Scientists studying the effects of the potentially game-changing gene-editing tool CRISPR/Cas9 have found it can cause unexpected genetic damage which could lead to dangerous changes in some cells.
The findings, published in the journal Nature Biotechnology in 2018, have safety implications for gene therapies that are being developed using CRISPR/Cas9 – a type of molecular scissor technology that can be used to edit DNA.
They also add to findings published earlier which suggested the CRISPR gene-editing tool may inadvertently increase cancer risk in some cells.
“We found that changes in the DNA have been seriously underestimated before now,” said Allan Bradley, a professor at Britain’s Wellcome Sanger Institute who co-led the research.
Gene-editing companies CRISPR Therapeutics AG, Editas Medicine, Sangamo Therapeutics and Intellia Therapeuticsc are among some of the public companies pursuing CRISPR therapies.
“We do not use the methods described in this Nature Biotech paper … nevertheless, in our work, we do not see similar findings,” CRISPR Therapeutics said in a public statement.
“Intellia does not believe that these findings significantly impact the path forward for CRISPR-based therapeutics,” it said in a statement.
Editas said the company was “not specifically concerned” about the findings.
CRISPR/Cas9, one of the newest genome-editing tools, can alter sections of DNA in cells by cutting at specific points and introducing changes at that location and is seen by many as a promising way to create treatments for diseases such as HIV or cancer.
Experts say treatments like these could inactivate a disease-causing gene, or correct a genetic mutation, but much more research is still needed to ensure techniques are safe.
Bradley’s team carried out a full systematic study in both mouse and human cells and discovered that CRISPR/Cas9 frequently caused extensive mutations including large genetic rearrangements such as DNA deletions and insertions.
These could lead to important genes being switched on or off — as intended by the therapies — but could also have major unexpected implications, the scientists said.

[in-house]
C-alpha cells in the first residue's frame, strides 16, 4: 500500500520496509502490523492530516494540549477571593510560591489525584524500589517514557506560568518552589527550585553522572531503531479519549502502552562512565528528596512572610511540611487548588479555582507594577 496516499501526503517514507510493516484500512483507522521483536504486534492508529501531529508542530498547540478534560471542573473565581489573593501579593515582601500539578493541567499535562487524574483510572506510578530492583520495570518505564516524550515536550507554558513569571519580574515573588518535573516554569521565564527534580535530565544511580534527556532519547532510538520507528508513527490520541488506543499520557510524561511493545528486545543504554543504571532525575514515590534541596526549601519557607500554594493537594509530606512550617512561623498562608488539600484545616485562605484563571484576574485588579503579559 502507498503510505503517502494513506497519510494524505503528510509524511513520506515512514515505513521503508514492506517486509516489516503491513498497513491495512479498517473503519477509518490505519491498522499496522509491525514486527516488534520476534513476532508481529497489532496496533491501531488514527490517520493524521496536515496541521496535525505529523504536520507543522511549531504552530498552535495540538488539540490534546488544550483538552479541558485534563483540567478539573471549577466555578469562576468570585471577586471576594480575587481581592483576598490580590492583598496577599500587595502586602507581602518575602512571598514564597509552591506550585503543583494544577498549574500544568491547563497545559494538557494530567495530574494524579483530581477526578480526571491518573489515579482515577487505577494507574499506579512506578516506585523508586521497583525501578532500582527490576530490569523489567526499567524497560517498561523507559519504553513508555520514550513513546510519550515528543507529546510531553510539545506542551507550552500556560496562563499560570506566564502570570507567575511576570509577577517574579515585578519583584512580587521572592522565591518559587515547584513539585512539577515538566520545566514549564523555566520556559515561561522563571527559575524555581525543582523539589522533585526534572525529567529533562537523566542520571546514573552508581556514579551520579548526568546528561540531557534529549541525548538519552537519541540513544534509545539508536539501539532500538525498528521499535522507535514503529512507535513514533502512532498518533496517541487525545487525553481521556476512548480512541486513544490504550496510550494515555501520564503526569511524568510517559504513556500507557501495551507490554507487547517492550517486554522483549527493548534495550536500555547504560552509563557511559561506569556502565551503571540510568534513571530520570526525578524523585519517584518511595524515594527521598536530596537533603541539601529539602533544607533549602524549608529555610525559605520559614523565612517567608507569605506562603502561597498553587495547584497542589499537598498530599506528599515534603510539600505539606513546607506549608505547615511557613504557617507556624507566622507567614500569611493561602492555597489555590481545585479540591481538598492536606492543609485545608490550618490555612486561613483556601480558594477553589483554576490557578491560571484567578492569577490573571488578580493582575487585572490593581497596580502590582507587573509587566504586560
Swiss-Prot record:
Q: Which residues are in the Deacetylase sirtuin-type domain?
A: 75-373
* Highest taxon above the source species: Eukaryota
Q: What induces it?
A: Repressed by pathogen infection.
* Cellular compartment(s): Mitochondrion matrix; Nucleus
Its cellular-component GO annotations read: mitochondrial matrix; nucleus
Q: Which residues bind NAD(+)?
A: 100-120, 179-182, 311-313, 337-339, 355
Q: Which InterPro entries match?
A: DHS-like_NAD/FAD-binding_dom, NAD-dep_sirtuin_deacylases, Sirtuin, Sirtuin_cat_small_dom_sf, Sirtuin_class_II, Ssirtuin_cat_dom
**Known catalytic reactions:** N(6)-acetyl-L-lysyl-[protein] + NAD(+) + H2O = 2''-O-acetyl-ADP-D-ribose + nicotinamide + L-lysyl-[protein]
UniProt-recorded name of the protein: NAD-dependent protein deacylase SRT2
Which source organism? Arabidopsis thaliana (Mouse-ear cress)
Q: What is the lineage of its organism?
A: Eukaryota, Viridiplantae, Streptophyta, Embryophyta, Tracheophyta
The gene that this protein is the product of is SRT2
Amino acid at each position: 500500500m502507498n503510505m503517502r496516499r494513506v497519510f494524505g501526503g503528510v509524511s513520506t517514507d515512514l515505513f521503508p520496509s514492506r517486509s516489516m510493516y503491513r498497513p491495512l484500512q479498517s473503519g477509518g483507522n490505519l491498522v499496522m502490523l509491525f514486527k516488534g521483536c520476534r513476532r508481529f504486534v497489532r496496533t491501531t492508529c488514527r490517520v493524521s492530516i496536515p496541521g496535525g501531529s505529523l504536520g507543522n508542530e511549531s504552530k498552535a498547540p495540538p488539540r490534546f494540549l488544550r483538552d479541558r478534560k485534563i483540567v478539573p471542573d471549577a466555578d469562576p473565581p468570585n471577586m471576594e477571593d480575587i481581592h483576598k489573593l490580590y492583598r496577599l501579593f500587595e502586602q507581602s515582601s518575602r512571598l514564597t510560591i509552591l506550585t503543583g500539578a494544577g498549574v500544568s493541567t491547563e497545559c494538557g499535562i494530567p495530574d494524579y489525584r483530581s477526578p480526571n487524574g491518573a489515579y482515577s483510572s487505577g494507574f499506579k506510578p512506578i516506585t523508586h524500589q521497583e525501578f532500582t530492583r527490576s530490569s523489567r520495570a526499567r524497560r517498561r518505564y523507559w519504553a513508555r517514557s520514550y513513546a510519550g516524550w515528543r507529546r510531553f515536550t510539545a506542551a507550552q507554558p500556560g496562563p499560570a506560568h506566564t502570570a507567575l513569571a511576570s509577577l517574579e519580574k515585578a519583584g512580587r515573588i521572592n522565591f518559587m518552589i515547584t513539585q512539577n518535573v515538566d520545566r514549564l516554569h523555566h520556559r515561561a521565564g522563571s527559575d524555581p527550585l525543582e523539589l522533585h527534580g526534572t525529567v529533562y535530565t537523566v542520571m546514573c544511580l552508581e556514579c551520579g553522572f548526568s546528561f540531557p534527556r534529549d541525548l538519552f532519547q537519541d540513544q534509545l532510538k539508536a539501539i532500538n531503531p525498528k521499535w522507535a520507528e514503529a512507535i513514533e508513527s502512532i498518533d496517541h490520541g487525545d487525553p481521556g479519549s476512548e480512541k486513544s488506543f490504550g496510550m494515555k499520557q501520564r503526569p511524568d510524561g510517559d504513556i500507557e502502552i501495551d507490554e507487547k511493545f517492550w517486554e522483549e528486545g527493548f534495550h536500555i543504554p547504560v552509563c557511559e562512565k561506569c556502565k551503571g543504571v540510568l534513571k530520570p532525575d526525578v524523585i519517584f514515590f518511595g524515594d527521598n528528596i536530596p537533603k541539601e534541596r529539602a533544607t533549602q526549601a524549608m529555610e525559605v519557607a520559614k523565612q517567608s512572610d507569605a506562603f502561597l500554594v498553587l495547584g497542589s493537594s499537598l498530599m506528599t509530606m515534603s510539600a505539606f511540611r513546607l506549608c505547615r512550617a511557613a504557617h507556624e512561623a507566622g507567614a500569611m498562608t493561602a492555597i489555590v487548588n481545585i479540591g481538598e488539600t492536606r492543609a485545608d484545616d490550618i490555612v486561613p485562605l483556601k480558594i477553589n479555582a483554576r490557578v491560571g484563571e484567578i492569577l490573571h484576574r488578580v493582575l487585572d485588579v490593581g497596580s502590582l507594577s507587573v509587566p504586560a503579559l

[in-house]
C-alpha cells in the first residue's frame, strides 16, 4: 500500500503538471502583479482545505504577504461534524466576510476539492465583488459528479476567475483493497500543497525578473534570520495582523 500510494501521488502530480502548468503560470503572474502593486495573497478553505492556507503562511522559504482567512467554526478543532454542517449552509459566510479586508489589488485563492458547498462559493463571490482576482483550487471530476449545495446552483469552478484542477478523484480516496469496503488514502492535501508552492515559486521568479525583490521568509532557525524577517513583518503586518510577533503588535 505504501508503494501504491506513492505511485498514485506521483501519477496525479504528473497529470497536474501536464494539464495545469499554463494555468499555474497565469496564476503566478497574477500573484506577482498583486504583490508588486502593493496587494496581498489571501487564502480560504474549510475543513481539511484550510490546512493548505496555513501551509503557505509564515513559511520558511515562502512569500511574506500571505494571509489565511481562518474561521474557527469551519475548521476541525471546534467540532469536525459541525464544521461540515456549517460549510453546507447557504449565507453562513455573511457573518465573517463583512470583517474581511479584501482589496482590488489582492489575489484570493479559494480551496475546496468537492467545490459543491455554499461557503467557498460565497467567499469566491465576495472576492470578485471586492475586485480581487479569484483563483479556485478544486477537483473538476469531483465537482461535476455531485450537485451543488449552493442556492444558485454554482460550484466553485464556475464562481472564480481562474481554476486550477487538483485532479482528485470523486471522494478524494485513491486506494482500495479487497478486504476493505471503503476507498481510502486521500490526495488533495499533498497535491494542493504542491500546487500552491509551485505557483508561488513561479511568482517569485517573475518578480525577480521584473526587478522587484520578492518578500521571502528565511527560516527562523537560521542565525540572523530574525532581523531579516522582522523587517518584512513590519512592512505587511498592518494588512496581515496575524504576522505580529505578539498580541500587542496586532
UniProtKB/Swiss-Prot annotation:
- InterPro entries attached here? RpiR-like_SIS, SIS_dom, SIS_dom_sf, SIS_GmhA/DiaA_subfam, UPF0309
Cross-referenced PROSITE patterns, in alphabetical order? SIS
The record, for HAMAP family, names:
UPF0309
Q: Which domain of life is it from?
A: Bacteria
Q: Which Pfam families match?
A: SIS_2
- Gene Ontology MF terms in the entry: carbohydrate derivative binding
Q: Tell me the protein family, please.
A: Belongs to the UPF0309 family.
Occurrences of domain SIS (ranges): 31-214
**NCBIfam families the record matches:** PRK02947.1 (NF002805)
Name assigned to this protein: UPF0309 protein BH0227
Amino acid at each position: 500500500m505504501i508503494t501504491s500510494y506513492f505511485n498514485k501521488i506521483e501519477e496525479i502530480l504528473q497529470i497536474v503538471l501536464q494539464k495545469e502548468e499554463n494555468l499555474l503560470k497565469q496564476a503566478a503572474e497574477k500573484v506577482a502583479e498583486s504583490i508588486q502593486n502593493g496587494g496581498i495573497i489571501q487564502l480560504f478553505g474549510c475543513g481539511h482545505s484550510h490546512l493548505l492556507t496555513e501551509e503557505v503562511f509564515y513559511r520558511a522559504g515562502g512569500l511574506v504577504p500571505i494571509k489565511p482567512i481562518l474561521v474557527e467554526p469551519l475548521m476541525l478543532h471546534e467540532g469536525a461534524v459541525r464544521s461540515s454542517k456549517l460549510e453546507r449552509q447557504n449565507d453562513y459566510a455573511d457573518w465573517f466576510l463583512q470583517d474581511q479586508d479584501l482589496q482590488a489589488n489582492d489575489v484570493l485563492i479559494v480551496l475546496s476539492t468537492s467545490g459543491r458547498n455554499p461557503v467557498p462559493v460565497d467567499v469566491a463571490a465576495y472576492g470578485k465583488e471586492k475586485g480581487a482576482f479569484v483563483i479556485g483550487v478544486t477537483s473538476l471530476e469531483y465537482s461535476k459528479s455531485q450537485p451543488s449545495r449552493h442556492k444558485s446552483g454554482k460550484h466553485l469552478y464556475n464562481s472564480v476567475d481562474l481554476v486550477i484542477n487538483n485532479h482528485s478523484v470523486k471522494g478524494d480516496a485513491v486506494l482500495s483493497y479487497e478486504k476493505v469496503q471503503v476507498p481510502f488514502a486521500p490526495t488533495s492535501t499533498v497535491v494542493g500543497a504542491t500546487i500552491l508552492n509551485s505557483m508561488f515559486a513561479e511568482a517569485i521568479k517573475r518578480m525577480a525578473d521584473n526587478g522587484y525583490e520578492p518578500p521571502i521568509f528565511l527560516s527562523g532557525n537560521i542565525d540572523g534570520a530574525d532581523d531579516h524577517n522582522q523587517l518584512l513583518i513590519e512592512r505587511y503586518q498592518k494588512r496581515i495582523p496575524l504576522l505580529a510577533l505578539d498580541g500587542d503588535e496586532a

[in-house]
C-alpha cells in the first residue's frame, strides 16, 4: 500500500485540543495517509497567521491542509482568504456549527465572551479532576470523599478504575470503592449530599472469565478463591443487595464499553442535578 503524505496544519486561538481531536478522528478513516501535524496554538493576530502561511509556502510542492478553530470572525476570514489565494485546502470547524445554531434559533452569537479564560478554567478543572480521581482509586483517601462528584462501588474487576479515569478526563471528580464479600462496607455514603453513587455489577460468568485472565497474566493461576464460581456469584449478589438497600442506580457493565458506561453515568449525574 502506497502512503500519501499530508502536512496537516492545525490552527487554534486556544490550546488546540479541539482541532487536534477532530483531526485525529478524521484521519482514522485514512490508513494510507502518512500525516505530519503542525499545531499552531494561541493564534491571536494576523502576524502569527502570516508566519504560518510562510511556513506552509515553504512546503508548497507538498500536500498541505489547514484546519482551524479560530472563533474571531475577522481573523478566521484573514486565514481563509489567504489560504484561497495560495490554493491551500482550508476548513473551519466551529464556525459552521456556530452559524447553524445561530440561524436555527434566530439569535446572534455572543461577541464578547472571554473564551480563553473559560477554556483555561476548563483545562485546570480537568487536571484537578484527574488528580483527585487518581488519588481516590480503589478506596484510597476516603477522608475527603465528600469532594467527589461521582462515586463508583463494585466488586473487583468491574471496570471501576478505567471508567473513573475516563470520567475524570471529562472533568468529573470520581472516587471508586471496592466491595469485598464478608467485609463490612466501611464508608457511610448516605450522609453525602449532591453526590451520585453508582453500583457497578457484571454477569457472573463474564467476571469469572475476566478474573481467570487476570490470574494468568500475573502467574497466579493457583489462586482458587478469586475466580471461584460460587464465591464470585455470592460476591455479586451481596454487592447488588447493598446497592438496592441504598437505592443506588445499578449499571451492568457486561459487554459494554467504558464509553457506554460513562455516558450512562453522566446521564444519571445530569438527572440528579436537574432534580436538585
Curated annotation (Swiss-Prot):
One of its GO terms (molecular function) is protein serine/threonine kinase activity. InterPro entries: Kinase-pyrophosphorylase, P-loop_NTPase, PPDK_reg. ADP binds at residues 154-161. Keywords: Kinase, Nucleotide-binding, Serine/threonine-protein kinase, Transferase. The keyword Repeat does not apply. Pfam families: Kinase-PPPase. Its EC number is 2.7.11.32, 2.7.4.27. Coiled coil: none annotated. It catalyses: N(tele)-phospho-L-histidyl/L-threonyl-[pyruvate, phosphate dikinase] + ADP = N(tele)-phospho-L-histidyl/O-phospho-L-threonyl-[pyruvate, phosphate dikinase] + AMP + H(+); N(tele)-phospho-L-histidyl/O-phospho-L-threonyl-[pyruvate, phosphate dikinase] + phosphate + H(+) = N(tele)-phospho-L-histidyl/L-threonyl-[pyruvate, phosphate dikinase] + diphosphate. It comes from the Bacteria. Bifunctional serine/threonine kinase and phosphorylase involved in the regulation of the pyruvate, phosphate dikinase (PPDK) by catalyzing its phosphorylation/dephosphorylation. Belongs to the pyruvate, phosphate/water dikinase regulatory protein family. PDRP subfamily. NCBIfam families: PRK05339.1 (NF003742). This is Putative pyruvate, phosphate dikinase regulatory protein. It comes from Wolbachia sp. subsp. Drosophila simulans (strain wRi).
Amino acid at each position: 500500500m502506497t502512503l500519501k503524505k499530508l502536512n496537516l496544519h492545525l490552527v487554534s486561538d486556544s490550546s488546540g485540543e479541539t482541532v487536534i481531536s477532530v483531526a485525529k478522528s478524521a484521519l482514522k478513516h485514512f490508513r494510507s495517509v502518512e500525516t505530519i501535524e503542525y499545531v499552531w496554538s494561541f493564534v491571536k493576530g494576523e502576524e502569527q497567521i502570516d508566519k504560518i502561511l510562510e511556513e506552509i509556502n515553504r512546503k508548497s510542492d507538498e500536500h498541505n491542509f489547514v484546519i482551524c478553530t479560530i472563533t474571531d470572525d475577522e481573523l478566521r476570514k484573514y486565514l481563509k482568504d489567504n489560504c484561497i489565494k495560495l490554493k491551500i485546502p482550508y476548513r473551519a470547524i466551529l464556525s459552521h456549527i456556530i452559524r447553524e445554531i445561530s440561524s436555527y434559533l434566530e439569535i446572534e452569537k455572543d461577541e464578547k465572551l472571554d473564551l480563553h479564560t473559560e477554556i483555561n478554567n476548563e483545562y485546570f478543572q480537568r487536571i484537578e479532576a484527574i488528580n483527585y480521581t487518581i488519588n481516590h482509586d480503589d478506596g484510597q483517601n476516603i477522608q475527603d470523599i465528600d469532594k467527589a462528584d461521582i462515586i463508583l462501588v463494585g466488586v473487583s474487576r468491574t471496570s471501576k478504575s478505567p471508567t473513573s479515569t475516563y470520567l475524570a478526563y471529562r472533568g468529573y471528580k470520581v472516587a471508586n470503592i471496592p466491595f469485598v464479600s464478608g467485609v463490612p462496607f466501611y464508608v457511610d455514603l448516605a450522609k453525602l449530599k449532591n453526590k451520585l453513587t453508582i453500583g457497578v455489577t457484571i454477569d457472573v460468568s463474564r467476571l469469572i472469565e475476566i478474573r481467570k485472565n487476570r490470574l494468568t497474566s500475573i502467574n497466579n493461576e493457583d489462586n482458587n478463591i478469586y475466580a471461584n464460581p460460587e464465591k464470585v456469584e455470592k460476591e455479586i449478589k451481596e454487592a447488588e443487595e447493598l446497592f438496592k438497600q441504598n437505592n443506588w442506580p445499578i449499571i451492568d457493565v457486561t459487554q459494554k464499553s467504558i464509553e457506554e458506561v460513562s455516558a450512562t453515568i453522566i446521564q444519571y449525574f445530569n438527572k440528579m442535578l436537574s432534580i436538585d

They warned that some the changes seen in this study were too far away from the target site to be picked up with standard analysis and testing methods.
Commenting on the findings, Robin Lovell-Badge, a stem cell expert at Britain’s Francis Crick Institute, said the work highlighted the need for very careful work when using to genome editing “to verify that the alterations to the DNA sequence are those, and only those, that had been designed to occur.”
“But the results give no reason to panic or to lose faith in the methods when they are carried out by those who know what they are doing,” he added.
More recently, Editas news flow has improved with new results from its CRISPR/Cas12a, a more advanced version of CRISPR technology. Last week, the company announced preclinical data and successful development of a large-scale manufacturing process for EDIT-301, a potentially best-in-class, one-time, durable, autologous cell therapy medicine to treat sickle cell disease and beta-thalassemia. EDIT-301 is the first experimental medicine in development generated using CRISPR/Cas12a gene editing.
The data showed that high levels of editing in CD34+ cells from normal donors and sickle cell patients were achieved with CRISPR/Cas12a at the HBG1 and HBG2 promoters, leading to robust fetal hemoglobin (HbF) induction in their erythroid progeny in a pan-cellular fashion. Red blood cells derived from edited sickle cell patient CD34+ cells showed remarkable correction of sickle cell disease phenotypes, including a reduction in sickling and improved rheological properties when deoxygenated.